IMAGE: Inti St Clair/Blend Images/Corbis
We all know that sun protection is a must-have no matter how tired we are. The number one enemy of premature ageing and pigmentation, basic sun protection is now seen as a part of basic skin care, rather than an optional step. But how much do we know about it? I speak to Dr Ang Por to find out the seven things you need to know about sun protection.
1. Understanding UVA and UVB
UVA and UVB are both sun rays. UVA is known as the ultraviolet long-wave, while UVB is ultraviolet shortwave. Both waves damage the skin in different ways, but the most important thing to note is that not all sun protection products protect you against both UV rays.
For example, an SPF product protects against UVB whereas a product with PA ratings protect against UVA. Only products that have both SPF and PA protect against the two rays. Confused? When looking for sun protection products, make sure they have both SPF and PA ratings, or the term “broad spectrum protection”. This means that the sun block has you covered.
2. What does SPF mean
Probably the most common term in sun protection, SPF stands for Sun Protection Factor. According to Dr Ang, “SPF is an indicator of protection against UVB. It indicates how much longer one can stay outdoors before getting sunburnt with that particular sunscreen.” For example, if a person gets sunburnt in 10 minutes without wearing sunscreen, wearing SPF 15 means he can stay outdoors for 150 minutes before getting sunburnt, according to Dr Ang.
Fair skinned people will tan more easily compared to people with a darker skin tone. This is due to the pigments in the skin acting as a “shield”. However, even if you are tanned, it does not mean you can go without sun protection, as UVB rays can still cause problems such as skin cancer.
3. PA+? PA+++? Does that mean People’s Association with a plus?
No, it does not. “PA is an indicator of UVA protection. This is the indicator most commonly used in Asian cosmetics,” says Dr Ang. You might have noticed that the rating ranges from PA+ to PA++++, the more “+” signs mean a higher level of UVA protection.
4. The difference between sunblocks and sunscreens
The difference lies in its ingredients, and how it protects your skin. Sunscreen refers to a chemical sun protector, whereas sunblock refers to a physical sun protector (more on this later). As the name suggests, sunscreen “screens” the UV rays before they enter your skin, converting them to a less harmful version of radiation before they are absorbed. Sunblock on the other hand, “blocks” the UV rays from entering your skin. Sunblocks act as a shield between the sun and your skin, deflecting harmful UV rays far far away.
5. There are two types of sun protection: Chemical and physical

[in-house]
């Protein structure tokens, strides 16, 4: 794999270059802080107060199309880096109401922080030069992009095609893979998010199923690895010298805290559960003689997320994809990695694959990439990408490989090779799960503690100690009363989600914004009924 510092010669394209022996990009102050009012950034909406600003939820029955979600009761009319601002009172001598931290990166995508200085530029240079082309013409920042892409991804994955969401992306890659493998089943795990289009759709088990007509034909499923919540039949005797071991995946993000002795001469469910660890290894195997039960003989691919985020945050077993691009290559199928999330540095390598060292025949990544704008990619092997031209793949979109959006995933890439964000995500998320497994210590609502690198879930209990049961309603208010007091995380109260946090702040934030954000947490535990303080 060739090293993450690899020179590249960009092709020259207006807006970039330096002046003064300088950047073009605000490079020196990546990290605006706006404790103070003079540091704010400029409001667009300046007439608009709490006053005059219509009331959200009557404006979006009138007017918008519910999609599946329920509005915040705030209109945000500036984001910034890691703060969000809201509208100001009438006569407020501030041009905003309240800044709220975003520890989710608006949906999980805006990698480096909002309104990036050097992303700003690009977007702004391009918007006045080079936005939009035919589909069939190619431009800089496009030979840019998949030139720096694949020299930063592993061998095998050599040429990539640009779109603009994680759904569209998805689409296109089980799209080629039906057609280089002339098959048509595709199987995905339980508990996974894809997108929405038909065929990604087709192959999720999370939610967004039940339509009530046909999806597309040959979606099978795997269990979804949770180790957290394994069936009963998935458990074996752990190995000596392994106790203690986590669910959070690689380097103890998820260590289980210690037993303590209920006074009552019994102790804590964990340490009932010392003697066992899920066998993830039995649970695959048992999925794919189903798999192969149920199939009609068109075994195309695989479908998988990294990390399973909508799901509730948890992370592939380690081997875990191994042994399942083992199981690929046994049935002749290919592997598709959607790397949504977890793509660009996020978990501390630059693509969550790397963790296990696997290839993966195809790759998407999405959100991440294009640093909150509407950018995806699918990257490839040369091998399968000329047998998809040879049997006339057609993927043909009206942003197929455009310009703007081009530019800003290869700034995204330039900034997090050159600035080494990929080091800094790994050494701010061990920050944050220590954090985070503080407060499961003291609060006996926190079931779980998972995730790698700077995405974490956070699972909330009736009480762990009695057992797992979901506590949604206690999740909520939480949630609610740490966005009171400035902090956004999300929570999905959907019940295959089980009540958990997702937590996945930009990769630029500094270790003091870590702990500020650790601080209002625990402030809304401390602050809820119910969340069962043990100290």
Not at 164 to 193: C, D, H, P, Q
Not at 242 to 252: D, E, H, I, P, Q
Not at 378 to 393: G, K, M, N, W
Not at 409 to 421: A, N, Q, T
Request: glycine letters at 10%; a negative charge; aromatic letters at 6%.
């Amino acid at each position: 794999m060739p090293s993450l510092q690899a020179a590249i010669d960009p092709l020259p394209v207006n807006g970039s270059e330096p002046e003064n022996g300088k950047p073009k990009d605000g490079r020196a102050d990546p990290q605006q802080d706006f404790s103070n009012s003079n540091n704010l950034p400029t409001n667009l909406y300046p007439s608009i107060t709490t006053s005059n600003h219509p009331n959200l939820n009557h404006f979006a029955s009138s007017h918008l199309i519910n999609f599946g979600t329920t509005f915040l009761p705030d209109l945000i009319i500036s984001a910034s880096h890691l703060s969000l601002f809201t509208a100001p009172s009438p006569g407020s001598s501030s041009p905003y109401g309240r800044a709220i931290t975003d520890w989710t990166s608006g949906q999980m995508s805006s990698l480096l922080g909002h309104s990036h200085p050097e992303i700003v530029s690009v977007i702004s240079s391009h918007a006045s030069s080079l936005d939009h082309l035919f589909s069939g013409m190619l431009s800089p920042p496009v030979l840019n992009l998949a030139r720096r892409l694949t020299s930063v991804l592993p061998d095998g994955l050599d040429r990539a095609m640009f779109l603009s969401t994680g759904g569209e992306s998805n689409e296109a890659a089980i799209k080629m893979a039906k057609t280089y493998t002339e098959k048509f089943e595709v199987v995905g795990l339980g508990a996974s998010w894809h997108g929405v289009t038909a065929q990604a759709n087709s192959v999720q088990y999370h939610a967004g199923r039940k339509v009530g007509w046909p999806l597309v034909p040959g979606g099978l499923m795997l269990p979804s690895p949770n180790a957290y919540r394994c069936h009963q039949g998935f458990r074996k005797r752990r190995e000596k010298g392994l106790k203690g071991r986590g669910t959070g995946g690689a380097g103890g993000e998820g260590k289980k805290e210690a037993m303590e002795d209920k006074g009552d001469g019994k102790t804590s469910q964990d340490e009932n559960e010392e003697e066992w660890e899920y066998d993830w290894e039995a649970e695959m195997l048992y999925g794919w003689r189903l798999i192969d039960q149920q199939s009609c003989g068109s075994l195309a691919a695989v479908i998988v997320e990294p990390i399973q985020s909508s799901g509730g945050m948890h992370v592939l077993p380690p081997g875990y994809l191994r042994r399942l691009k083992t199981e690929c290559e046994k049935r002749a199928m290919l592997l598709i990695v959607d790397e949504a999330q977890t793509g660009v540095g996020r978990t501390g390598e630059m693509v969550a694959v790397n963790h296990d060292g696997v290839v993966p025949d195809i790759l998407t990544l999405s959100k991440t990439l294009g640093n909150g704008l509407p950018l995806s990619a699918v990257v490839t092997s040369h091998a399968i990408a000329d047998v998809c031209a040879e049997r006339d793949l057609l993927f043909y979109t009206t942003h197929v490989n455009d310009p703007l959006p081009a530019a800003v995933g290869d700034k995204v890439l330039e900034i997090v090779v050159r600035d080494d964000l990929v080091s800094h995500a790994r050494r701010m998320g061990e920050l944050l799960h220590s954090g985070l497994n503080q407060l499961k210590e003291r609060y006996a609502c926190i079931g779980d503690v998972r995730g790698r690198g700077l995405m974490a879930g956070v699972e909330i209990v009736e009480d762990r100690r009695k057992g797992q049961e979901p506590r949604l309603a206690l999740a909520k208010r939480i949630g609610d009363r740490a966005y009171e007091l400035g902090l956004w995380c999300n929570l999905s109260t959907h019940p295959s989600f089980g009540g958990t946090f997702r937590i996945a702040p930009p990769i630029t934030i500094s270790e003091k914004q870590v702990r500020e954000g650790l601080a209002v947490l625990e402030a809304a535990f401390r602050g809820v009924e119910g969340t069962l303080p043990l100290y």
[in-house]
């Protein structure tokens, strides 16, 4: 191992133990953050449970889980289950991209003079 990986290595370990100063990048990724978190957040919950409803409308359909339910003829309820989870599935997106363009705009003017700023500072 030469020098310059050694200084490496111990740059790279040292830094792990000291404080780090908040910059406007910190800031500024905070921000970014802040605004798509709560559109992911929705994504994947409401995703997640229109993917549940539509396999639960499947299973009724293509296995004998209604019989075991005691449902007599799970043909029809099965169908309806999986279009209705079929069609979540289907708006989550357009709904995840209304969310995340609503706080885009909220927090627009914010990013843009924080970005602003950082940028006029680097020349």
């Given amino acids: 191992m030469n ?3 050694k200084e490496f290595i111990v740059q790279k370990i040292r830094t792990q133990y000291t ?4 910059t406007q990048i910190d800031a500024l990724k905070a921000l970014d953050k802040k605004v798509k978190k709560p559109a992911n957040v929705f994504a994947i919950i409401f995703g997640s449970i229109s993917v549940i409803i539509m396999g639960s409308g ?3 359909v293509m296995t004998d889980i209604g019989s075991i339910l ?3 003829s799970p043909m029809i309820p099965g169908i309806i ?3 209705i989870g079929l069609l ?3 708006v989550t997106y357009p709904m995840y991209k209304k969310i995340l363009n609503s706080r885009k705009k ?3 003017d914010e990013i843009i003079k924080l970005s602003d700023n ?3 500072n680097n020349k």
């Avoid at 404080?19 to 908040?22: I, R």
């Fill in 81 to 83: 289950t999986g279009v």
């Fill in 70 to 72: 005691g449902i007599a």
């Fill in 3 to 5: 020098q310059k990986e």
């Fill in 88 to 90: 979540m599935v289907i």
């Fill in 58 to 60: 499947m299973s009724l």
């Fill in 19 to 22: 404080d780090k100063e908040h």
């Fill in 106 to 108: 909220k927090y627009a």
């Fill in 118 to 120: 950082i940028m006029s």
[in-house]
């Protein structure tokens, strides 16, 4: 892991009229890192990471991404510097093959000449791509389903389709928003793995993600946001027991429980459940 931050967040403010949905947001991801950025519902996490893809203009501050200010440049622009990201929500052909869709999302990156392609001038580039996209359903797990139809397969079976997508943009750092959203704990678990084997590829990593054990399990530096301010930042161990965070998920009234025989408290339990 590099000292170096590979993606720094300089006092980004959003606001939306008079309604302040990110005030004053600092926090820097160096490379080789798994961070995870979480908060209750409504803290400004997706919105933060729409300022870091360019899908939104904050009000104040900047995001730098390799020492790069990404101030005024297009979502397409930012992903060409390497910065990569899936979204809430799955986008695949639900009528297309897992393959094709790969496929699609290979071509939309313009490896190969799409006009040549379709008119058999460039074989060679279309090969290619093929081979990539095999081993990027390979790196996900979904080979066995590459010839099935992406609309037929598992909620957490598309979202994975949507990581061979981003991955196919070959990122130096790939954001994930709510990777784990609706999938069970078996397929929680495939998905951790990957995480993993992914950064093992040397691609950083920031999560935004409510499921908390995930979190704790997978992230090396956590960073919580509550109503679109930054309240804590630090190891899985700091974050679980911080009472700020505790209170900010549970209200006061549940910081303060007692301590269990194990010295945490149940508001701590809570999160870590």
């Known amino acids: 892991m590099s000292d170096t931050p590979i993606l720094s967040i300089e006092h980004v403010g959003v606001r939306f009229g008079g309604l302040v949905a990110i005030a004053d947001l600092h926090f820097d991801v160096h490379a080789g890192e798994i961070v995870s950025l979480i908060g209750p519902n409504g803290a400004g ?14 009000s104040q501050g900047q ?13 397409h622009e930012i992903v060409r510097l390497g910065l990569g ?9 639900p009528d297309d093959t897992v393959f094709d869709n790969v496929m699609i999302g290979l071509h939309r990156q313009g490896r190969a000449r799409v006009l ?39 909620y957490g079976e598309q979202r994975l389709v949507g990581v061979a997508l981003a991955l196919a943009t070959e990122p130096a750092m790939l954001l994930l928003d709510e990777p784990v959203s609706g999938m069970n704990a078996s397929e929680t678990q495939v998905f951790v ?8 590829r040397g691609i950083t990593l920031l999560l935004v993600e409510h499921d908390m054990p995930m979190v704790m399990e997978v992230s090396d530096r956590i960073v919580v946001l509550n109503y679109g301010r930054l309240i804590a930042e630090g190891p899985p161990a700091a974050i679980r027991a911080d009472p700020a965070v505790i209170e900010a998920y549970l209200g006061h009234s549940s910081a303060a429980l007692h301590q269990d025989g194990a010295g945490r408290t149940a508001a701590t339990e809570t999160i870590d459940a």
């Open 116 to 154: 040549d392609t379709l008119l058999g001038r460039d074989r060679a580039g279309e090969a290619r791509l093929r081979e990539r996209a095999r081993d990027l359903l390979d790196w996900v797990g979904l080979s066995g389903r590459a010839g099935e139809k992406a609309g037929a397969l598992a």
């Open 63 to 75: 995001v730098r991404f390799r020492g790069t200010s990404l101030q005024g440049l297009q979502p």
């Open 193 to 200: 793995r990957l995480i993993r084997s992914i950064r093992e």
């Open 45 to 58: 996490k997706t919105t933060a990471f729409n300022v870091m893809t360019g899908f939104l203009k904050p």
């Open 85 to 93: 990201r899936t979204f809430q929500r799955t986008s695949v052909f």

As mentioned in point 4, sunscreens are chemical sun protectors and sunblocks are physical sun protectors. What does this mean? Chemical sun protection uses a plethora of ingredients to convert UV rays to less harmful versions before they are absorbed into the skin.
On the other hand, physical sun protection uses zinc oxide or titanium oxide to reflect UV rays off the skin. Most of us would rather UV rays be totally reflected off our skin, but according to Dr Ang, pure physical sunblocks tend to be thicker and whiter in texture, which does not make it ideal for daily wear (you wouldn’t want to look like a geisha!).
In today’s sun protection market, however, most sunblocks contain both chemical and physical sun protection. So you’re already getting the best of both worlds!
6. How much sun protection do I really need for a whole day?
If you work indoors and do not perspire much, Dr Ang recommends a minimum of SPF15 with some UVA protection, as UVA rays can penetrate through glass. However, if you’re a kiasu Singaporean, there is no harm applying a higher amount of sun protection – just opt for an oil-free sunblock with a light texture, as oily thick textures can clog your pores and aggravate acne.
7. Think twice about layering sunblock with SPF makeup
Yes, really. If your SPF makeup contains the ingredient avobenzone or Parsol 1789, your sunblock (or sunscreen) might almost be useless. Dr Ang says that avobenzone or Parsol 1789 is not photostable, which means that it degrades after prolonged UVA exposure. To combat this, sunblocks need to be stabilized with certain ingredients such as octocrylene and oxybenzone.
If you’re scratching your head and worrying that your sunblock has been ruined, fret not – I will be rounding up the best sun protectors on the market (that are also stable with SPF makeup!) in my next post. So stay tuned!
Dr Ang Por is the Founder and Consultant Dermatologist at Dermatology Associates (Paragon), 290 Orchard Road #15-05/06, Singapore 238859. For more information, visit www.dermassoc.com.sg.